Quanell the Tenth decided to stick his nose in all this because Tolan is black and Cotton is white. At the protest, Mr. Tenth said,

This cop is a criminal, this cop should be in jail. If you shoot one more black man in Bellaire in cold blood, then your damn city will go up in flames.

I find his tone very interesting. Yes, it is possible that Cotton’s demeanor was influenced by the fact that Tolan is a young black man. Young black men and the police don’t seem to get along very well. I don’t find it outside the realm of possibility that the officer might not have been so trigger-happy if Tolan was white.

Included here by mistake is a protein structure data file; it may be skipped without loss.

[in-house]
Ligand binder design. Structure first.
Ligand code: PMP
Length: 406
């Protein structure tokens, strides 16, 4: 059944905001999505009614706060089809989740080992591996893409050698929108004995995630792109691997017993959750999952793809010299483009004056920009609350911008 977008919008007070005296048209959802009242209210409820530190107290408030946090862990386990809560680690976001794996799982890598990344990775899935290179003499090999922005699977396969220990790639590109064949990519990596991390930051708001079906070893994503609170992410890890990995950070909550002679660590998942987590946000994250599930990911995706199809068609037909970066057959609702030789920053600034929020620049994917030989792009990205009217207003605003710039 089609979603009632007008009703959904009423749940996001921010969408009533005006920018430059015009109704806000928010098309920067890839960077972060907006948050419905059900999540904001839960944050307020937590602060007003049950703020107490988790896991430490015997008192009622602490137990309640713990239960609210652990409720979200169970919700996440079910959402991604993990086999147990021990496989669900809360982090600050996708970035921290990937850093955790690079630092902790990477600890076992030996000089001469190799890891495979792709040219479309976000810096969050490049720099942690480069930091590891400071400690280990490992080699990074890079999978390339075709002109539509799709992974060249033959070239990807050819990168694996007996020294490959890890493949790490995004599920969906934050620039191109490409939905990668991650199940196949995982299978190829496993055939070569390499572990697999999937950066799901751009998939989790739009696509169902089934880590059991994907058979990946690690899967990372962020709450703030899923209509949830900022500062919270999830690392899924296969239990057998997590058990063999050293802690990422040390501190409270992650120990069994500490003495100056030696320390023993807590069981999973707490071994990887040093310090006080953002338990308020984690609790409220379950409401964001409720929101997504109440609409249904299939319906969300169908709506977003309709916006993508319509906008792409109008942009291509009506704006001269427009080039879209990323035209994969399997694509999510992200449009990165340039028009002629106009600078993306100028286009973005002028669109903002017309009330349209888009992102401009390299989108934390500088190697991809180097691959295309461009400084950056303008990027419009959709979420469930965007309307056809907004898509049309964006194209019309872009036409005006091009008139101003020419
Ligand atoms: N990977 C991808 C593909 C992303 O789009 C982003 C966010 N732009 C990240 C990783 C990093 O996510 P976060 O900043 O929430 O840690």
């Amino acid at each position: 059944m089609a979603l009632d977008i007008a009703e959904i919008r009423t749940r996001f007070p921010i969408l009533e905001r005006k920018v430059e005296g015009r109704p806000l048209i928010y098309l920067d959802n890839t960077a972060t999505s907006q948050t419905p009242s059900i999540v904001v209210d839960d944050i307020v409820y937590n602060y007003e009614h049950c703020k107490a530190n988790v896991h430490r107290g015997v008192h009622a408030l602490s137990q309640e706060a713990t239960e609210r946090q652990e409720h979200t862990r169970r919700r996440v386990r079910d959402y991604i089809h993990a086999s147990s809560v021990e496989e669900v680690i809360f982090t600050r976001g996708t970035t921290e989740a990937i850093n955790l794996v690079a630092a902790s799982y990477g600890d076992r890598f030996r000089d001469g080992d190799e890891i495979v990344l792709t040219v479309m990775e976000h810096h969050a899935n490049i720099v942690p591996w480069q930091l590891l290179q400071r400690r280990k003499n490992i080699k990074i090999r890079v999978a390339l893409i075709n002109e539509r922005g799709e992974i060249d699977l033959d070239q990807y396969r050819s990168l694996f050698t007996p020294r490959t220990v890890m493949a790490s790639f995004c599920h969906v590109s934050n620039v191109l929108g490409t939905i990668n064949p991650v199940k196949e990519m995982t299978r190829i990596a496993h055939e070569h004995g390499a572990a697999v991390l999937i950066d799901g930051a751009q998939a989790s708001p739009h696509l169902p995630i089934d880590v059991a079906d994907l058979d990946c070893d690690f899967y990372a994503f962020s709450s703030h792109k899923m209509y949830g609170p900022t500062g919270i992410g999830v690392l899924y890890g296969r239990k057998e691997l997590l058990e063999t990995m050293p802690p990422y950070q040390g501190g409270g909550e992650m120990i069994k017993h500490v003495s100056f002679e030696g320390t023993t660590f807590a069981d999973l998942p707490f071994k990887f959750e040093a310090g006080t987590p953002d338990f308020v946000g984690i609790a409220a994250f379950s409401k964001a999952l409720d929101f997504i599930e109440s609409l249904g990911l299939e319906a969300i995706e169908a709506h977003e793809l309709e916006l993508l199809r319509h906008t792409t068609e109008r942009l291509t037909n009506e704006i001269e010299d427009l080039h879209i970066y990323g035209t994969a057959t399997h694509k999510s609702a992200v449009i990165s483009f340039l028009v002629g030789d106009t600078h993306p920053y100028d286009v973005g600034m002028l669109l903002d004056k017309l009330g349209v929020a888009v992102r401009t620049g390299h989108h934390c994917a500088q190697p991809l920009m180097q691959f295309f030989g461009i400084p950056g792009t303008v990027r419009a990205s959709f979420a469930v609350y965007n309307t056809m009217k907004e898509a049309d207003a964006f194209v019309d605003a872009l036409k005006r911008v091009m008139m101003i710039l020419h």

That said, Quanell the Tenth just made it more difficult for young black men in Bellaire. His passionate and extremely careless threat just paints a very negative image of blacks in the minds of Bellaire residents. In their minds, he’s painting an image (if not reinforcing) of black men as being violent, hot-tempered and not too hesitant to making threats. That’s a disservice to the very people he claims to represent.

To me, it’s very similar to when Muslims get their knickers in a twist when anyone suggests that some professing Muslims have violent tendencies.

As I’ve said before,

If someone says that you have a tendency to get out of control, and you don’t like it, then probably it’d be better if you didn’t get out control with your reaction…